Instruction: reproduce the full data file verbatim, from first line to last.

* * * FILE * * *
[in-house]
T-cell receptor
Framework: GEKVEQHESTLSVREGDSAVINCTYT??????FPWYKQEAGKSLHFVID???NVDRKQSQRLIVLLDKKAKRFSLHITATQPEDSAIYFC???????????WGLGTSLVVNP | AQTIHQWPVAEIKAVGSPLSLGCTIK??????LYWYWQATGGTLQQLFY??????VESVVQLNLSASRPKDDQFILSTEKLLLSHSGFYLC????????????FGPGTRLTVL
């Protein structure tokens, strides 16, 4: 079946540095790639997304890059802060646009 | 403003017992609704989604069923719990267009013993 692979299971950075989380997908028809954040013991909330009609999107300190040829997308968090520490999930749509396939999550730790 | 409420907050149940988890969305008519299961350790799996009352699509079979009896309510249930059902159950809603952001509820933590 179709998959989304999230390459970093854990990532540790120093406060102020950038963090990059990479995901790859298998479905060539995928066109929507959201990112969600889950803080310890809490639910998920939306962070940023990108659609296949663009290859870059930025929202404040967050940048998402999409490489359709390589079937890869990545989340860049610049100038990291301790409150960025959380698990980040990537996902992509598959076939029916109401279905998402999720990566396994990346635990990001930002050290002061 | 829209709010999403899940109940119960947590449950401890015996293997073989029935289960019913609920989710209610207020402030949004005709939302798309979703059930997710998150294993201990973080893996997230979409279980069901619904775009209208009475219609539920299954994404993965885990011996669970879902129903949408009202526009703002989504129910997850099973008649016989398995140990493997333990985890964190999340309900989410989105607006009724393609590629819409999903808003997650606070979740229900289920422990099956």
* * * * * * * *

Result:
[in-house]
T-cell receptor
Framework: GEKVEQHESTLSVREGDSAVINCTYT??????FPWYKQEAGKSLHFVID???NVDRKQSQRLIVLLDKKAKRFSLHITATQPEDSAIYFC???????????WGLGTSLVVNP | AQTIHQWPVAEIKAVGSPLSLGCTIK??????LYWYWQATGGTLQQLFY??????VESVVQLNLSASRPKDDQFILSTEKLLLSHSGFYLC????????????FGPGTRLTVL
């Protein structure tokens, strides 16, 4: 079946540095790639997304890059802060646009 | 403003017992609704989604069923719990267009013993 692979299971950075989380997908028809954040013991909330009609999107300190040829997308968090520490999930749509396939999550730790 | 409420907050149940988890969305008519299961350790799996009352699509079979009896309510249930059902159950809603952001509820933590 179709998959989304999230390459970093854990990532540790120093406060102020950038963090990059990479995901790859298998479905060539995928066109929507959201990112969600889950803080310890809490639910998920939306962070940023990108659609296949663009290859870059930025929202404040967050940048998402999409490489359709390589079937890869990545989340860049610049100038990291301790409150960025959380698990980040990537996902992509598959076939029916109401279905998402999720990566396994990346635990990001930002050290002061 | 829209709010999403899940109940119960947590449950401890015996293997073989029935289960019913609920989710209610207020402030949004005709939302798309979703059930997710998150294993201990973080893996997230979409279980069901619904775009209208009475219609539920299954994404993965885990011996669970879902129903949408009202526009703002989504129910997850099973008649016989398995140990493997333990985890964190999340309900989410989105607006009724393609590629819409999903808003997650606070979740229900289920422990099956």